Skye is a BIG island and incredibly busy especially in the summer months. We recommend you book campsites and ferry (if not using the bridge) in advance.
If you are heading to the north end of the island where you can take in the view of the Outer Hebrides and the island from the Duntulm viewpoint, it will take you about 2 hours from the Skye Bridge.
Skye is well documented and is a highly desired destination for people visiting Scotland as well as for the people who live here. The locals speak Gaelic and, like much of the West Coast and Islands, they cut peat for their fires and live a crofting lifestyle which is no easy task in the rugged terrain. You will see sheep and highland cattle as well as red deer, roe deer and eagles. At night you will witness the most incredible night skies and if you are lucky you may see the Northern Lights.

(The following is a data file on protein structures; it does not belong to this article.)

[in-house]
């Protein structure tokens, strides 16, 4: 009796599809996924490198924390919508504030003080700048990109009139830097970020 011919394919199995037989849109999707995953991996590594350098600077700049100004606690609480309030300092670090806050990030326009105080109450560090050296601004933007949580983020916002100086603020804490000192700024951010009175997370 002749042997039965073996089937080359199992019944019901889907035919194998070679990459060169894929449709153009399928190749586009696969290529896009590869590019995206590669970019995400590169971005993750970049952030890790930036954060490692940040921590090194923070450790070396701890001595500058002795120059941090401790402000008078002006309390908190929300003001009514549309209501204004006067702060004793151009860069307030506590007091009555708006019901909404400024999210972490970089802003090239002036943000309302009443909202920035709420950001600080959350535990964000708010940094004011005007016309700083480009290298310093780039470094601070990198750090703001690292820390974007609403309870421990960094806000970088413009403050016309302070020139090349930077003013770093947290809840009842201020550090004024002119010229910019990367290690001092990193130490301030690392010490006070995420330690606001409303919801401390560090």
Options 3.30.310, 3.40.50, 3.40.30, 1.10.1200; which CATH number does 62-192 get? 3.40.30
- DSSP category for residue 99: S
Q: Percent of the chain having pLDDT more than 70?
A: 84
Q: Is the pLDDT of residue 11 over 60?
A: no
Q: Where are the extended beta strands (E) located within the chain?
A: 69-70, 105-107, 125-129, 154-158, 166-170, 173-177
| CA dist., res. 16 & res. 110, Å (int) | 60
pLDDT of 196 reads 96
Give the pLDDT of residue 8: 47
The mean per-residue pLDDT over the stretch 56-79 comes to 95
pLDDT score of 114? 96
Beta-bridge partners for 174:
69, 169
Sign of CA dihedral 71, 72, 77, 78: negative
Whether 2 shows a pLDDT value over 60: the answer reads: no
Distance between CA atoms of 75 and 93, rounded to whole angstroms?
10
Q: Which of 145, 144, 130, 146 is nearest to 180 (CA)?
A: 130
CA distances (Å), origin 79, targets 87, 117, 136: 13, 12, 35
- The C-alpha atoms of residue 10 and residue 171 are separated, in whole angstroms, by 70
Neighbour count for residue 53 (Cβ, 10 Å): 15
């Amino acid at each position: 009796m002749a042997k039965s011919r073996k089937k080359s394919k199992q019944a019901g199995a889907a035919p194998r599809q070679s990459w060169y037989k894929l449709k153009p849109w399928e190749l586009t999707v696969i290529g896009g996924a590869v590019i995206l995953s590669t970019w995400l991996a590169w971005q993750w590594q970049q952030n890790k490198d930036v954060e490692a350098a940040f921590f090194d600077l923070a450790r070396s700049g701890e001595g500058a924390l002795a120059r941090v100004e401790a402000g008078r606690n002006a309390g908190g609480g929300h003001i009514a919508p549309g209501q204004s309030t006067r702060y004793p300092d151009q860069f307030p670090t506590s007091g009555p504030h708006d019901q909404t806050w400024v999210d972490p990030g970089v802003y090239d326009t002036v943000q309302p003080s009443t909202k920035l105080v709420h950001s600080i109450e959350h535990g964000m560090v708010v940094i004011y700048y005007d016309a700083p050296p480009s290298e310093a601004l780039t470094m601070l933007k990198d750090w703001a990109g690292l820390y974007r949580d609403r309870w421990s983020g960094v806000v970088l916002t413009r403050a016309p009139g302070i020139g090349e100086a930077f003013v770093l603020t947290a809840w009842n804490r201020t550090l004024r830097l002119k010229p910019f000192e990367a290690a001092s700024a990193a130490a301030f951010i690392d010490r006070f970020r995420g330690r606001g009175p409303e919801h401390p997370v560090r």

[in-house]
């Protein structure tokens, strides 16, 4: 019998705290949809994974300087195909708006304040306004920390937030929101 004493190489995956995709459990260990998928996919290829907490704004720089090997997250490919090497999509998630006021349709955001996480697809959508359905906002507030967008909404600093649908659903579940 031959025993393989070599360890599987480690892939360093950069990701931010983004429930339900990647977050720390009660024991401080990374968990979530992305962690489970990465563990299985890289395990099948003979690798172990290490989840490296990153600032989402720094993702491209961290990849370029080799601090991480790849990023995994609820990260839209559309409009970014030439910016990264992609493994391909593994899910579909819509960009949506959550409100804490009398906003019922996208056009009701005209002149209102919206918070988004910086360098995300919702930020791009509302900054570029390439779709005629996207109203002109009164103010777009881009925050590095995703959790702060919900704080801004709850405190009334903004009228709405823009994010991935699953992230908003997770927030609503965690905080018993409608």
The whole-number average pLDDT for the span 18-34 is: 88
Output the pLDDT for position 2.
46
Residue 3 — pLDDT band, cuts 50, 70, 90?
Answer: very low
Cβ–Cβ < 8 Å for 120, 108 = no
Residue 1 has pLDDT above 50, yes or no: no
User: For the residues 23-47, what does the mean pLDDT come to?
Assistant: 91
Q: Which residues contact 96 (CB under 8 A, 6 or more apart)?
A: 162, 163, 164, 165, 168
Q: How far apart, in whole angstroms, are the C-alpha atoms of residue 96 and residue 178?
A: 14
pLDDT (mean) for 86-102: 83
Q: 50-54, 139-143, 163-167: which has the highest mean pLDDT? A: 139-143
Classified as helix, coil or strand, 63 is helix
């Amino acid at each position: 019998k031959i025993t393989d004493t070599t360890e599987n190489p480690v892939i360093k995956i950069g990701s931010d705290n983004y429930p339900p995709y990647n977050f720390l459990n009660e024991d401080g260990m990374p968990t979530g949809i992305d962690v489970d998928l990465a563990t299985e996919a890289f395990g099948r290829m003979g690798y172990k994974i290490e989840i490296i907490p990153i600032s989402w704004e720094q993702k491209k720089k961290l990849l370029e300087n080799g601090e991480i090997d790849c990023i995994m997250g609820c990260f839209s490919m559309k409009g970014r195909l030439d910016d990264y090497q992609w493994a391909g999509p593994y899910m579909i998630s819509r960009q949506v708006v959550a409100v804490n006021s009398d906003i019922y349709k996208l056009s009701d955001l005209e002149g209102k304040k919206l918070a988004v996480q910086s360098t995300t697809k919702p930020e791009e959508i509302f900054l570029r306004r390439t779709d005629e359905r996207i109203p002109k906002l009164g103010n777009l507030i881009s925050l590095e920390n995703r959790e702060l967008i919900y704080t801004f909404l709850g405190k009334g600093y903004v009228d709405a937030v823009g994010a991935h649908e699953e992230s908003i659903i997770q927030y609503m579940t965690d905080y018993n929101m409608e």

The main town of Portree will be a good place to stock up and from there you can make your way around the island and visit the Fairy Pools at Glenbrittle. Also not to be missed are: The Storr on the Trotternish Peninsula; Quirang, an ancient landslide on the Trotternish Peninsula; Dunvegan Castle, the seat of the Clan MacLeod of MacLeod, Loch Coruisk, an inland fresh water loch at the foot of the Black Cuillin; Coral Beach, hidden away on the shores of Loch Dunvegan.
If you have time then make your way to the magical Fairy Glen. Take the A87 north from Portree and turn right just before the Uig Hotel. This is a small road and there are no signposts but once you have driven for about 5 minutes you will see a footpath to the Fairy Glen.
The list is endless; every view is worth the trip and for hill walkers there are more walks than we can even begin to suggest. Be aware that the weather can change in a second, one minute the sun is shining but as you head up into the mountains anything goes, hail, mist, rain and snow are all possible, so please be prepared.